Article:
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What Satellite Images of Trees Can Reveal About Underground Fungus

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Fungi are a lot like glaciers: Nearly all the action takes place below the surface. Beneath the soil, fungi tangle with trees, forming mutually beneficial relationships. Scientists recently used these close relationships and mapped tree health with the help of fungus data. They published their findings in the journal Global Change Biology.

"Every tree species has a distinct spectral signal, a kind of measurable aura," ecologist Sean McMahon said in a press statement. "Now we can tell who their underground friends are, an indicator of their nutrient status, from the sky." McMahon is temperate program coordinator of the Smithsonian’s Forest Global Earth Observatory (ForestGEO) network, which monitors the growth and survival of millions of trees on five continents.

Nearly all of those trees are involved in close relationships with fungi. The unseen world underground is a vast mesh of tree roots and threadlike fungal hyphae. It’s a good system; the fungi help trees get the water and nutrients they need, then reap the sugary benefits of the trees’ photosynthesis. Two types of fungus interact this way: ectomycorrhizal fungi (ECM), which hang out near and on tree roots, and arbuscular mycorrhizal fungi (AM), which actually dig into the cells of tree roots.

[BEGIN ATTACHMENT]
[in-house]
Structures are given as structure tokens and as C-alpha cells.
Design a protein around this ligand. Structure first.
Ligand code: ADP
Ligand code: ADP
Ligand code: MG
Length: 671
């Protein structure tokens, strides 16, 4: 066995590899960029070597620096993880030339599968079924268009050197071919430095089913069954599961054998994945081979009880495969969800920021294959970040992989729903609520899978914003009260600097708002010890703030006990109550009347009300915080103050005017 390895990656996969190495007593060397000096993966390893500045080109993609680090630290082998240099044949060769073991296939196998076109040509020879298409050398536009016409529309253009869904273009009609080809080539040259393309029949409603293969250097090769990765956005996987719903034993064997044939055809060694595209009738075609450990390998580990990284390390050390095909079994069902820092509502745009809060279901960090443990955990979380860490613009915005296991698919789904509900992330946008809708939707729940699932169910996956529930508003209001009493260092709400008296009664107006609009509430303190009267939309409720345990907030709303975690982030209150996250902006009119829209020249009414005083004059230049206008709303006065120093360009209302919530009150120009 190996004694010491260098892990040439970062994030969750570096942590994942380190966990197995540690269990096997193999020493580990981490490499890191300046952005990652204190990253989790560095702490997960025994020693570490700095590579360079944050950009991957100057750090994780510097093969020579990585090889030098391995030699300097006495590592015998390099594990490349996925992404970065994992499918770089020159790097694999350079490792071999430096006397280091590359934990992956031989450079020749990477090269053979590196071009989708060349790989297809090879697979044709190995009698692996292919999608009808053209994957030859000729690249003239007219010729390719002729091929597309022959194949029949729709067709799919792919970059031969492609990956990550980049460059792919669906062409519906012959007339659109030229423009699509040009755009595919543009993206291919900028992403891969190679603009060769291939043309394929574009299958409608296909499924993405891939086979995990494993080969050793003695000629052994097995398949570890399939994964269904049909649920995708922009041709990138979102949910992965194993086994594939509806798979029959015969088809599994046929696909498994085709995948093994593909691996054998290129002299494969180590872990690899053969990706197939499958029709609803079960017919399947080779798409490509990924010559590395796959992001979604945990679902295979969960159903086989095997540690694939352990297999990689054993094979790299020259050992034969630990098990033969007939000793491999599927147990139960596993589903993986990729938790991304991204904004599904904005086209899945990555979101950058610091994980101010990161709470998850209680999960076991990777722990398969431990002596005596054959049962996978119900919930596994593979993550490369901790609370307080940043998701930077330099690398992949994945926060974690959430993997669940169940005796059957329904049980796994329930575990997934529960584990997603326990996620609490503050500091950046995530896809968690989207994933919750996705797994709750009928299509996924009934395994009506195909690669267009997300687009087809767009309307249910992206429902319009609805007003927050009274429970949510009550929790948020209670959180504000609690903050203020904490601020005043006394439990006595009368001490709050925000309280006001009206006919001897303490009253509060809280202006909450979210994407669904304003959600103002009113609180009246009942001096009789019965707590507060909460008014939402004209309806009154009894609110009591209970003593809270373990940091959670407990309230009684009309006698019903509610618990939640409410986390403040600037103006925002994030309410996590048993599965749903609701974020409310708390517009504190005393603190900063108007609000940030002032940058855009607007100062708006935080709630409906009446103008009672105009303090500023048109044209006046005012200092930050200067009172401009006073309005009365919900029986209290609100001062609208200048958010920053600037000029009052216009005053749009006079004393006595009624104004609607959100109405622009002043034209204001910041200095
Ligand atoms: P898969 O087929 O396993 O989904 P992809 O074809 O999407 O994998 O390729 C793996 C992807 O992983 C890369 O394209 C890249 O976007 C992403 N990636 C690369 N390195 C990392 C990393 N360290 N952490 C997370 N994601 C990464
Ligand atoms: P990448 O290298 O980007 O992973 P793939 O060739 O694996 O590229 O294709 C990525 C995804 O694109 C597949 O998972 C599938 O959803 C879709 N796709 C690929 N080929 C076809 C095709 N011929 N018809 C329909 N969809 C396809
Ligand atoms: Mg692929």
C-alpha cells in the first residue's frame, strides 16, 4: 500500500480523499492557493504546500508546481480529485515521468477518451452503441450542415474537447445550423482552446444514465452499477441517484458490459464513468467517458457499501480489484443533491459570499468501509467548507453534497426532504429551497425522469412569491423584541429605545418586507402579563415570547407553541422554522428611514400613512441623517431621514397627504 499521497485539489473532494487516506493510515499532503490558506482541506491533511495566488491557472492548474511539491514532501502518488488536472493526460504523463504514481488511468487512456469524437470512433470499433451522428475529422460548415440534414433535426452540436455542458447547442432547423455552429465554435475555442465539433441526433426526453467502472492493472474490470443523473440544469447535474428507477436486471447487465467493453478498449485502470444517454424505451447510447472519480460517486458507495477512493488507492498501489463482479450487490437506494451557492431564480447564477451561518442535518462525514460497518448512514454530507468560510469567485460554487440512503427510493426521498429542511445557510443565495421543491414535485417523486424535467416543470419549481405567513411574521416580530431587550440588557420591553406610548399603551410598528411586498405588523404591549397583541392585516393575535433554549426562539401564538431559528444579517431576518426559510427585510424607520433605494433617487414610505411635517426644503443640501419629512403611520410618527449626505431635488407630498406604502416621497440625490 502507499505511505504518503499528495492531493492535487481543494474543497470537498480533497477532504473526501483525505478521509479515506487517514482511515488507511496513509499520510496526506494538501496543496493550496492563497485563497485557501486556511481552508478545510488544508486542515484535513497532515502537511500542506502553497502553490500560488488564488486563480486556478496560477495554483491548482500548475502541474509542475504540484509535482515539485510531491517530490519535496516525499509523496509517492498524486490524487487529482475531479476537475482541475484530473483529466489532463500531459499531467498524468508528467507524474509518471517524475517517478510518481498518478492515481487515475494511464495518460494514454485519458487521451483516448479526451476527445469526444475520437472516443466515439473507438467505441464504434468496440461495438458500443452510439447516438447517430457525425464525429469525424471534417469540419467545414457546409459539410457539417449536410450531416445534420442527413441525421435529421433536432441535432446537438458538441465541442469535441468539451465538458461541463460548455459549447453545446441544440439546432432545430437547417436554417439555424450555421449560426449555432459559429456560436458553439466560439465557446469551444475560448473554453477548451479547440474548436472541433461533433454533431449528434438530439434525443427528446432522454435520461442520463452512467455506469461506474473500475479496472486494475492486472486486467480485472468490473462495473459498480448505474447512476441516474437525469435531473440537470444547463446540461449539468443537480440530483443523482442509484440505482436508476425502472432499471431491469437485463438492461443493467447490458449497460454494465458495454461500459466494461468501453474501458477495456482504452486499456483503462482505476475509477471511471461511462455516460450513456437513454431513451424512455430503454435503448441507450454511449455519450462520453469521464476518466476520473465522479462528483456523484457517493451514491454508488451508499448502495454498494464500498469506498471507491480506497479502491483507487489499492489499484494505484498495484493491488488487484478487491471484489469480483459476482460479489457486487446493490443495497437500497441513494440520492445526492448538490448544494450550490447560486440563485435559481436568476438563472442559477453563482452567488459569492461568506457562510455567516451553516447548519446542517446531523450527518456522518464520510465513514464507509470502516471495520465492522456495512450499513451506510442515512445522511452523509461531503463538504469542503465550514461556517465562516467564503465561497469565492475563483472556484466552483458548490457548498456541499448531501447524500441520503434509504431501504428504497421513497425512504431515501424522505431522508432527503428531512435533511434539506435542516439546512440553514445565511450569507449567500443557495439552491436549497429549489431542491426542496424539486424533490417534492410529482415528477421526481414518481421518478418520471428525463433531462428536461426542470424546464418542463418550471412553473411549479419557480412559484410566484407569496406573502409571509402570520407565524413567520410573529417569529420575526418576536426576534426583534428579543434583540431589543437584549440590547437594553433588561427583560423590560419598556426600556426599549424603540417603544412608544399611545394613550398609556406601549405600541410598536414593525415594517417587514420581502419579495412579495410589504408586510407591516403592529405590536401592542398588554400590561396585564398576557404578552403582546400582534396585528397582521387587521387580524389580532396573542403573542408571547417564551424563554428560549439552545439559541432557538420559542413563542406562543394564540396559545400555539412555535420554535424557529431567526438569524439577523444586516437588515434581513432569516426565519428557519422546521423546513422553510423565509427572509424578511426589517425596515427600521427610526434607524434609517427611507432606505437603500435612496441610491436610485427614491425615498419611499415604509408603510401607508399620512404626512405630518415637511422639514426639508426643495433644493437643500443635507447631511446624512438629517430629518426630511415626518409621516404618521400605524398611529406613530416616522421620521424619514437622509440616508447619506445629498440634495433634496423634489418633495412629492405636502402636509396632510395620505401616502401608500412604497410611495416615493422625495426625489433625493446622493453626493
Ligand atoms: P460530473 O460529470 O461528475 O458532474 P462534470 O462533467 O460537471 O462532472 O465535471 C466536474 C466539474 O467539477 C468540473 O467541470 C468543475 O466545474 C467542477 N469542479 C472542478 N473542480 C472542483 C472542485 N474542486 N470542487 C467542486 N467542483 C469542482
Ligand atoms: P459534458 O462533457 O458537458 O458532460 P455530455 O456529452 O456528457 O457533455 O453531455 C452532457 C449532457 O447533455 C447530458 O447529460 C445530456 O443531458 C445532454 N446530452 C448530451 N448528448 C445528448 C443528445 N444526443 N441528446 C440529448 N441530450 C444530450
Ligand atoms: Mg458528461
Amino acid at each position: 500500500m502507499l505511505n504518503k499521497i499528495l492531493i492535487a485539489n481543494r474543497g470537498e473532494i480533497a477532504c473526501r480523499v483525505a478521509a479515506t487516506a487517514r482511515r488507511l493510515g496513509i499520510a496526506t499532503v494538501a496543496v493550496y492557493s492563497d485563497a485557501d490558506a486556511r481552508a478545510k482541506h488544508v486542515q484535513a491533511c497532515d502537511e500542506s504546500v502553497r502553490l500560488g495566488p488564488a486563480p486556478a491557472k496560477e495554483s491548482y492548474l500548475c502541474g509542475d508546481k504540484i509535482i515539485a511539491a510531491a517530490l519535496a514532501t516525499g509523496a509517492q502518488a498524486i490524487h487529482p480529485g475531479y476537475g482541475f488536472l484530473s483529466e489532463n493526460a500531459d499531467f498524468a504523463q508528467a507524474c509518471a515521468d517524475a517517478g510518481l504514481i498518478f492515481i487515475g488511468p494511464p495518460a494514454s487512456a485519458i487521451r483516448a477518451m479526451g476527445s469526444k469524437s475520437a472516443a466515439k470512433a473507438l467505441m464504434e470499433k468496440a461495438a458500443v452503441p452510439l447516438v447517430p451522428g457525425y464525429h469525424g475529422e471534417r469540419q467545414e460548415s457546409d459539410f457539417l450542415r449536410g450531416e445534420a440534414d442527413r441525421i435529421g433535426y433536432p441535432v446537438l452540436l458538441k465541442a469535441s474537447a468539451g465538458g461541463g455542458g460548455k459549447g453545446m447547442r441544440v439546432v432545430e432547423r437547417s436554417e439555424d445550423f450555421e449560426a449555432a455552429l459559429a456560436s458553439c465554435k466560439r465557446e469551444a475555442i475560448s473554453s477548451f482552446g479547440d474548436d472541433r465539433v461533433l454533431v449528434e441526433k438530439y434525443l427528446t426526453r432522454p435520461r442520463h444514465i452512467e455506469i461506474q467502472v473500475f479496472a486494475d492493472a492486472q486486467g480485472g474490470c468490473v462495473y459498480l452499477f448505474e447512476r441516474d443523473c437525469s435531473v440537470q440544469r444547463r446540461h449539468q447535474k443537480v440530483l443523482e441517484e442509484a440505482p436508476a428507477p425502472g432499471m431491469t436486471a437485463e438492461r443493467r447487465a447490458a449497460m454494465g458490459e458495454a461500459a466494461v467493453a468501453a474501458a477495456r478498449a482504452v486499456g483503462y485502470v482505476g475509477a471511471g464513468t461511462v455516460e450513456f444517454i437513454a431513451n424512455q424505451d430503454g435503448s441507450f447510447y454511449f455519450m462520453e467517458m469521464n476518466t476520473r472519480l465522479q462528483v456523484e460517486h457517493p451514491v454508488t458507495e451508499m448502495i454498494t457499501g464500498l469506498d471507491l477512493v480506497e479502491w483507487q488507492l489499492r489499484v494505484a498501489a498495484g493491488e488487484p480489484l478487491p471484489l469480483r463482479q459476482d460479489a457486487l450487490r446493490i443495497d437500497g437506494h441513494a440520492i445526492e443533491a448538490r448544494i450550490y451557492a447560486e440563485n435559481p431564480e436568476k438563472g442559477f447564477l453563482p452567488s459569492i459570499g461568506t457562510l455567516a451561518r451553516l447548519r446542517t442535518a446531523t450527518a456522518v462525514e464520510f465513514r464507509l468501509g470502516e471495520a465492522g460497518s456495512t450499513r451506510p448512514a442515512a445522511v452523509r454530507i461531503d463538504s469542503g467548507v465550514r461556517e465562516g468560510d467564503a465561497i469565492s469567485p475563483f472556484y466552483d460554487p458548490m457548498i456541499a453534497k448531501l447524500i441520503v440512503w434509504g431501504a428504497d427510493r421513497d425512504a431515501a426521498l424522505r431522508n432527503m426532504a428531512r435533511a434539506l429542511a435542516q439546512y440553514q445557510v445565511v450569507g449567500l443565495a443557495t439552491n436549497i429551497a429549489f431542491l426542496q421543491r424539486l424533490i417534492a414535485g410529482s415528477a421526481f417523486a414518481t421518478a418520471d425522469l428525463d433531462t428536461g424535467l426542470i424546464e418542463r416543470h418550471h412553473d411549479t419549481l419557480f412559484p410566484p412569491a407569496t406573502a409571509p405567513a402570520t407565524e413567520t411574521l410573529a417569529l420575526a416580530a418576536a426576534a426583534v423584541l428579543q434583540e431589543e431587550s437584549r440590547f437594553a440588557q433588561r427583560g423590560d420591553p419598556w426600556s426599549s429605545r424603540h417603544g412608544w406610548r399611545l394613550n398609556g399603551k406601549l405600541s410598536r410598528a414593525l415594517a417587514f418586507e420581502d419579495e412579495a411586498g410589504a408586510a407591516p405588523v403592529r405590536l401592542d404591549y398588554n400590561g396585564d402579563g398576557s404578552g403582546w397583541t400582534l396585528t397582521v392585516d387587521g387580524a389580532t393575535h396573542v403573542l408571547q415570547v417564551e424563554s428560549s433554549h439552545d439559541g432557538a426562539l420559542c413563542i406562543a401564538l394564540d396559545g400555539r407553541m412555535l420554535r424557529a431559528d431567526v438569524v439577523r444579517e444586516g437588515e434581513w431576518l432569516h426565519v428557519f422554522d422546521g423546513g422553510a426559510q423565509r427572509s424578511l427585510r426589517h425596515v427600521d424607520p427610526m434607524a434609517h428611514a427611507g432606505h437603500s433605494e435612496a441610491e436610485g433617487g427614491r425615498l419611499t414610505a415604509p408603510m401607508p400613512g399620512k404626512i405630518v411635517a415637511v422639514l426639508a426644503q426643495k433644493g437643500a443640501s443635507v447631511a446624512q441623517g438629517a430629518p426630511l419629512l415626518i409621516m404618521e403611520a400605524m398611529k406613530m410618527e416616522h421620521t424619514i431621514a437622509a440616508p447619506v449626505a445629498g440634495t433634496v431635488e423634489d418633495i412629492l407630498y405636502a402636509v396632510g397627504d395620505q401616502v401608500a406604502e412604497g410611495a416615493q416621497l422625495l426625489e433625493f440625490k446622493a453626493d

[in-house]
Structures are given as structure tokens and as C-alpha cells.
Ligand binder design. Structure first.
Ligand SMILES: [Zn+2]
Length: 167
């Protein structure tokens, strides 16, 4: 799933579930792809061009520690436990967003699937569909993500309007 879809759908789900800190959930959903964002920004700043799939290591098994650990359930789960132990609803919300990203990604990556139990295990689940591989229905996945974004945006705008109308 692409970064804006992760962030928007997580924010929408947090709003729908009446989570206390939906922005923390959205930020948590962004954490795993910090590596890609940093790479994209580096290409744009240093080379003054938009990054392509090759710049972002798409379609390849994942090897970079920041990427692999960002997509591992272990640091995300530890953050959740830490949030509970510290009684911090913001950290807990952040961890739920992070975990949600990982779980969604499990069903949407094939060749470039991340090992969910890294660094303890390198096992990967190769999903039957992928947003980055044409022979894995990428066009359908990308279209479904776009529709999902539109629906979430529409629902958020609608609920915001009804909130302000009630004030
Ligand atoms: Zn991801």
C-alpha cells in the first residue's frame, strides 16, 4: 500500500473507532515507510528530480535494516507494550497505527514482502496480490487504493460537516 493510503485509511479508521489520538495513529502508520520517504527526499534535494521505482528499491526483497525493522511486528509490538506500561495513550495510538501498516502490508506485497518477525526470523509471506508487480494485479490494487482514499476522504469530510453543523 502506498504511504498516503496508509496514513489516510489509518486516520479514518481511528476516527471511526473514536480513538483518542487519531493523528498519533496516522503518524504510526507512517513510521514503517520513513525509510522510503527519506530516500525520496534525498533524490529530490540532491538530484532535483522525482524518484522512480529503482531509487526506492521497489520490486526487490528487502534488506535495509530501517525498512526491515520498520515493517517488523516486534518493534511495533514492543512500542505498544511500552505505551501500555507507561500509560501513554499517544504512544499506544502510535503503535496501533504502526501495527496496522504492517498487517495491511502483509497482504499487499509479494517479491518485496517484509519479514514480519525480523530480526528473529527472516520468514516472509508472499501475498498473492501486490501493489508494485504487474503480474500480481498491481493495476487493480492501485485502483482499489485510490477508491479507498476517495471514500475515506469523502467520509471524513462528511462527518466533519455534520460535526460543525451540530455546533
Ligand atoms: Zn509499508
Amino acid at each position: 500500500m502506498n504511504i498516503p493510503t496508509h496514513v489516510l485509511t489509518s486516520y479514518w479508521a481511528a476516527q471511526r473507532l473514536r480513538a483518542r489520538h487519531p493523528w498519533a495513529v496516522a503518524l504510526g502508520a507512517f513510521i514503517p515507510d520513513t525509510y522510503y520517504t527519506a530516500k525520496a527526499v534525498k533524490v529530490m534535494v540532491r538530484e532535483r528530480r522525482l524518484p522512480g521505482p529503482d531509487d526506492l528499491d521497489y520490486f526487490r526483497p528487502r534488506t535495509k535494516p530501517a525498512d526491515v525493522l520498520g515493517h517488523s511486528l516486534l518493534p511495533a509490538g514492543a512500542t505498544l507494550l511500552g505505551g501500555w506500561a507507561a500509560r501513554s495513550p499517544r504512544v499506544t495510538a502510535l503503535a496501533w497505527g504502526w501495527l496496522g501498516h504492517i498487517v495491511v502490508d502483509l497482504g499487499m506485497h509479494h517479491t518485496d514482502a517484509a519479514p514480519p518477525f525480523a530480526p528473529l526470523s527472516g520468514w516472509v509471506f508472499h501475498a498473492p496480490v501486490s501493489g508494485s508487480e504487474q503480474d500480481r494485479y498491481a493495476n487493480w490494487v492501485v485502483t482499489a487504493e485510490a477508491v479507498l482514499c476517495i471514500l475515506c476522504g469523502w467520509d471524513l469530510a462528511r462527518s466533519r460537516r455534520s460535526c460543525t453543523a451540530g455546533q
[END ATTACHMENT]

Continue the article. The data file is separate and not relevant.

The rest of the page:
AM fungus in the roots of a flax plant. Image credit: MSturmel via Wikimedia Commons // Public Domain

A team of researchers from across the United States wondered what the fungi could reveal about their tree buddies. They compared maps from Landsat satellites with records on the fungal partners of 130,000 trees at research sites in Virginia, Indiana, Wisconsin, and Missouri.

"We discovered that groups of tree species associating with one type of fungi were spectrally distinct from groups of species associating with other types of fungi," said the paper’s first author, California Institute of Technology postdoctoral researcher Joshua Fisher. In other words, the trees’ under-the-covers, fungal hanky panky affected the way they appeared on the maps. Trees with AM pals have more phosphorus in their leaves. They make leaves sooner, and those leaves decay faster, which means faster nutrient recycling for everyone involved. ECM-associated trees, on the other hand, take longer to process nutrients.

Fisher and his colleagues realized that this could mean a new way of measuring and tracking forest health. Previous studies had shown that certain tree species preferred one type of fungus over another, but the sheer amount of labor involved in checking each tree/fungus pair in a forest is prohibitive.

The researchers tested their theory by trying to determine based on satellite maps which tree-fungus pairings grew in their forest research sites. They were able to predict the correct pairings 77 percent of the time, which is pretty impressive considering they were looking at these underground relationships from space.

Encouraged, the team will continue testing their concept in another 63 ForestGEO sites. 

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Ethan Miller/Getty Images
Look Up! The Orionid Meteor Shower Peaks This Weekend
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Ethan Miller/Getty Images

October is always a great month for skywatching. If you missed the Draconids, the first meteor shower of the month, don't despair: the Orionids peak this weekend. It should be an especially stunning show this year, as the Moon will offer virtually no interference. If you've ever wanted to get into skywatching, this is your chance.

The Orionids is the second of two meteor showers caused by the debris field left by the comet Halley. (The other is the Eta Aquarids, which appear in May.) The showers are named for the constellation Orion, from which they seem to originate.